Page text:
The purpose of laboratory tests is to rule out other causes of cognitive decline, and to identify comorbid factors which aggravate cognitive disorders. By determining the serum vitamin B12 levels, deficiency can be ruled out. This is crucial as B12 deficiency state is described by cognitive complaints, irritability, and mood disorders. Determining mean corpuscular hemoglobin concentration (MCHC), simply put the amount of hemoglobin in red blood cells, also aids us in diagnosis. In vitamin B12 deficiency, the number of red blood cells decreases and their volume increases (so-called macrocytic anemia). Another set of parameters test thyroid function, such as TSH and T3, T4. In its underfunction (hypothyroidism) symptoms mimicking dementia may appear. A TSH determination is usually sufficient to rule out this condition. Liver function tests (AST, APT, GGT), rule out dysfunction which can also manifest with cognitive complaints. Blood sugar level, HbA1C and sugar balance can also be assessed, as diabetes is an important risk factor for dementia. The determination of total cholesterol, LDL cholesterol and HDL cholesterol levels can help to delineate cardiovascular risk factors. Elevated total cholesterol and LDL cholesterol are associated with an increased risk, while high HDL levels are associated with a reduced risk. In some cases, infectious diseases can also be diagnosed via blood serum levels such as HIV and syphilis, both of these cause severe cognitive impairment. Genetic analysis can also by done via serum testing, however this requires a special laboratory background. In such cases, we examine the genetic mutations most characteristic of the given disease (e.g. PSEN1 gene in the case of Alzheimer's disease), as well as those genetic changes that can significantly increase the risk of the disease (e.g. ApoE4 genotype).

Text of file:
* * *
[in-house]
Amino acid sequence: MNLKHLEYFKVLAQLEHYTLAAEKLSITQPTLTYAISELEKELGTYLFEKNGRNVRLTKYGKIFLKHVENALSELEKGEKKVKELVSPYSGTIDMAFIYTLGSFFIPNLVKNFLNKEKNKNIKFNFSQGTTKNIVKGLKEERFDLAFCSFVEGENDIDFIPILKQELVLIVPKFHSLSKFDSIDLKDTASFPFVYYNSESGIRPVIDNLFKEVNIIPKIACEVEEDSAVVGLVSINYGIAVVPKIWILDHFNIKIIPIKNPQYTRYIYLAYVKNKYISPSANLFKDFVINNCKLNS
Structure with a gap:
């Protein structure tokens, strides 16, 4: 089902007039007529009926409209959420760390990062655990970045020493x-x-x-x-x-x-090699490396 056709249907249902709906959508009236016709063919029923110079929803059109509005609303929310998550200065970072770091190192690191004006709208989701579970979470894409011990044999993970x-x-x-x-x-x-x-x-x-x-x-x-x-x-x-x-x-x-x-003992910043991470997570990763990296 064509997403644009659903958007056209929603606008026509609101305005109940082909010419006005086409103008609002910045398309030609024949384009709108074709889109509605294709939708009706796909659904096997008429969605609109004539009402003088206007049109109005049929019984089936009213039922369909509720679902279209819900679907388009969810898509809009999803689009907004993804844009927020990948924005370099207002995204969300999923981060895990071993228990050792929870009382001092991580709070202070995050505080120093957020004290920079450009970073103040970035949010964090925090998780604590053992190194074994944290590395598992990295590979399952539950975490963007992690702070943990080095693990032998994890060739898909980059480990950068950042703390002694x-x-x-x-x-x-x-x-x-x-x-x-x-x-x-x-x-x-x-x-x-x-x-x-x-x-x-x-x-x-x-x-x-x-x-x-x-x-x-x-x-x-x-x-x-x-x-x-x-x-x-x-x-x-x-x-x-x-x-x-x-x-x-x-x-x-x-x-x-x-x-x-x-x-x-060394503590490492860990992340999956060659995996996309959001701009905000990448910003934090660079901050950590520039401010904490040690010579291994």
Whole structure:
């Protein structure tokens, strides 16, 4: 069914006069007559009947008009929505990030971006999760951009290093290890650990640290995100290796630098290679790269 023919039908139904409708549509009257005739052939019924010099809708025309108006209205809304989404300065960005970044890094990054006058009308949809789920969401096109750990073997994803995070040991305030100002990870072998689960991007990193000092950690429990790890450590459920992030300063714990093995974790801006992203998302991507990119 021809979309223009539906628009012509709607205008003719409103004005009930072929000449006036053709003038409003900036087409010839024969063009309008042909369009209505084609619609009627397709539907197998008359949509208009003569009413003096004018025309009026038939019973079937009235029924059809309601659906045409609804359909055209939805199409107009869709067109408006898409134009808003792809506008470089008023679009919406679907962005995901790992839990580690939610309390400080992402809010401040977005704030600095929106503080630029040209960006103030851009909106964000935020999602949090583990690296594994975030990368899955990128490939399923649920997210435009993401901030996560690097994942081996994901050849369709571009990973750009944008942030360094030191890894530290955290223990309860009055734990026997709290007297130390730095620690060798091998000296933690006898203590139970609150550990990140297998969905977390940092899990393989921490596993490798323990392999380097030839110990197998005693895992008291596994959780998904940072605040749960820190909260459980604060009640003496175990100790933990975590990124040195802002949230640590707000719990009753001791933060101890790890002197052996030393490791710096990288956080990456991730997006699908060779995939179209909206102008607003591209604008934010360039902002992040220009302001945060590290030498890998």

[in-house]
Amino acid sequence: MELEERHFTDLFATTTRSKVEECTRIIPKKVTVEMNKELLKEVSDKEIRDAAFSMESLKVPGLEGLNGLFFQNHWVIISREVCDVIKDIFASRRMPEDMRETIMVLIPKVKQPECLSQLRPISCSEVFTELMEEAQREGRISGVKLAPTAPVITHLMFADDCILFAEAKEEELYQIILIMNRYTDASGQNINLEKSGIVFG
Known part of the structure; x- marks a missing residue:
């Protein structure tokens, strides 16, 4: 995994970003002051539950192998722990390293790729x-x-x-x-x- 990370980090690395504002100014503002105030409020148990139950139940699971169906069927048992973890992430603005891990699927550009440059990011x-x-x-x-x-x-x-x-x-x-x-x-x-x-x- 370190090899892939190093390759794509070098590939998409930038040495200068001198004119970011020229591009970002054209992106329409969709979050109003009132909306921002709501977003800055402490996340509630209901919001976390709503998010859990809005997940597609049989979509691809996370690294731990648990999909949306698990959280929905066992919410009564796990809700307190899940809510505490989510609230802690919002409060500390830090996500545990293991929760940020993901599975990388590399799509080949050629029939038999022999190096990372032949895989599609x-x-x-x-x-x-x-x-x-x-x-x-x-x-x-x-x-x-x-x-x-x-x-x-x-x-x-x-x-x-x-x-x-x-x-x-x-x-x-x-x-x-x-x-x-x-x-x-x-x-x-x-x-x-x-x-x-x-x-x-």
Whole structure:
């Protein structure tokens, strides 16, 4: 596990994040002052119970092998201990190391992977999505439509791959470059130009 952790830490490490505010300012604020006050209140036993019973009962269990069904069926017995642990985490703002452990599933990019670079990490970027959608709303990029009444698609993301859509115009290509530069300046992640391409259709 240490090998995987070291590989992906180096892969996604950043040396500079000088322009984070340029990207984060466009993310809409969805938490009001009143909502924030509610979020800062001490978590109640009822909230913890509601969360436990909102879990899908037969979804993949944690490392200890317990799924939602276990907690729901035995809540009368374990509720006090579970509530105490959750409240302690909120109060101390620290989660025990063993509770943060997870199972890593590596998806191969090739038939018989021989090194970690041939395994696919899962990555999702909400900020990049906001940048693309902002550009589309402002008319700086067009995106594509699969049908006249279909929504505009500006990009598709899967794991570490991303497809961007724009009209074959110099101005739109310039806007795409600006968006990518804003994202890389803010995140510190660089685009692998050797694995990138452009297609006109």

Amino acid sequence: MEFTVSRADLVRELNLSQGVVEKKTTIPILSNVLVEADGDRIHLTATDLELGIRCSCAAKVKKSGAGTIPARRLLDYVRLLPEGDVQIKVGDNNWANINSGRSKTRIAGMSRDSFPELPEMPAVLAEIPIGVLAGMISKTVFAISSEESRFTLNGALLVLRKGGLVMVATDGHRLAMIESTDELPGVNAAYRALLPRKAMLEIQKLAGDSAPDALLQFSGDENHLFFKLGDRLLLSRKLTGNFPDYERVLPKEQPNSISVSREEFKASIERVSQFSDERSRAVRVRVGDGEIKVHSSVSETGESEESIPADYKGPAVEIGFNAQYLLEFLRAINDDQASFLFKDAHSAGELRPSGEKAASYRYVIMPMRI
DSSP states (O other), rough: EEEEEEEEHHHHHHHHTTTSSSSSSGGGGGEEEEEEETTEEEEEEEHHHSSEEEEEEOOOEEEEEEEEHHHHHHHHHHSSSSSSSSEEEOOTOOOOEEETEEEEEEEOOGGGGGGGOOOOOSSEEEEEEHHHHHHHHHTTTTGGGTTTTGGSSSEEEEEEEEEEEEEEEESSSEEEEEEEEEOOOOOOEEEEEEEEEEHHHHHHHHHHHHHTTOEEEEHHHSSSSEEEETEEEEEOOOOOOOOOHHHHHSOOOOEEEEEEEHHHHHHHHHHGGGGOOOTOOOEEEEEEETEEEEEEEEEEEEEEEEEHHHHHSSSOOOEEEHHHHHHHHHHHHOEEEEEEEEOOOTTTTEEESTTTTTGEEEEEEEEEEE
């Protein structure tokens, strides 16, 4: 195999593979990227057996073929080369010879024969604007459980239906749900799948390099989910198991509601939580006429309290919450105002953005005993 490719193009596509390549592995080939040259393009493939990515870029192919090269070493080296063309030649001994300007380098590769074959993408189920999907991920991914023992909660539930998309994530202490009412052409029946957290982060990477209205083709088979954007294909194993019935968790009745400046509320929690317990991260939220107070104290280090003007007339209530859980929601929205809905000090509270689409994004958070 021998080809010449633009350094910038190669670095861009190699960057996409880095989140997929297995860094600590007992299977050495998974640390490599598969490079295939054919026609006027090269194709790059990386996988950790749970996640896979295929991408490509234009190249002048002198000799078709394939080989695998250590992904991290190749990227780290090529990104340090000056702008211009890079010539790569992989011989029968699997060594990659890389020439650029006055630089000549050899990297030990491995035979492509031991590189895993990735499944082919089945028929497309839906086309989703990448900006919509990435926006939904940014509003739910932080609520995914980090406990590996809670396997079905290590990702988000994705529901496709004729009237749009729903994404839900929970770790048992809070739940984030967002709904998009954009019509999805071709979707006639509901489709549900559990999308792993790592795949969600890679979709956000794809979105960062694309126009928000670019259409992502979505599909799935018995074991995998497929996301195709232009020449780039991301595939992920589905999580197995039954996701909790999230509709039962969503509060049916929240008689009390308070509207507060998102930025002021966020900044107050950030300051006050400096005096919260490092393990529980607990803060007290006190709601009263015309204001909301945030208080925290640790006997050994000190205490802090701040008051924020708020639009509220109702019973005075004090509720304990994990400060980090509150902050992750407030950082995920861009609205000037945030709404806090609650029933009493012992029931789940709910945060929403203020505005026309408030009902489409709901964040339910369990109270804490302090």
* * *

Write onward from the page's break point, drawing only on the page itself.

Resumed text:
Liquor or cerebrospinal fluid is a clear liquid produced in the ventricules of the central nervous system, which protects and nourishes the nerve tissue. The examination is performed with a lumbar puncture. The patient is in a seated, forward-bending position and a needle is inserted between the lower lumbar vertebrae. Following this a few ccs of fluid is collected from the cerebrospinal fluid space surrounding the end of spinal cord. It is important to know that the spinal cord cannot be damaged during the examination, as it terminates at a higher level, so the procedure is a safe and routinely used technique in neurology. After the test, we usually recommend a 24-hour inhospital observation. During the first hours bed rest is recommende, as headache may develop after the puncture, caused by a slight, temporary leakage of the fluid. With adequate fluid replacement and rest, the chance of this developing is low.Cerebrospinal fluid testing is suitable for the detection of abnormal proteins that accumulate in neurocognitive diseases, so we can essentially reach a complete diagnosis. Although the test is more burdensome for the patient compared to an MR scan, its diagnostic accuracy far exceeds that of an imaging test.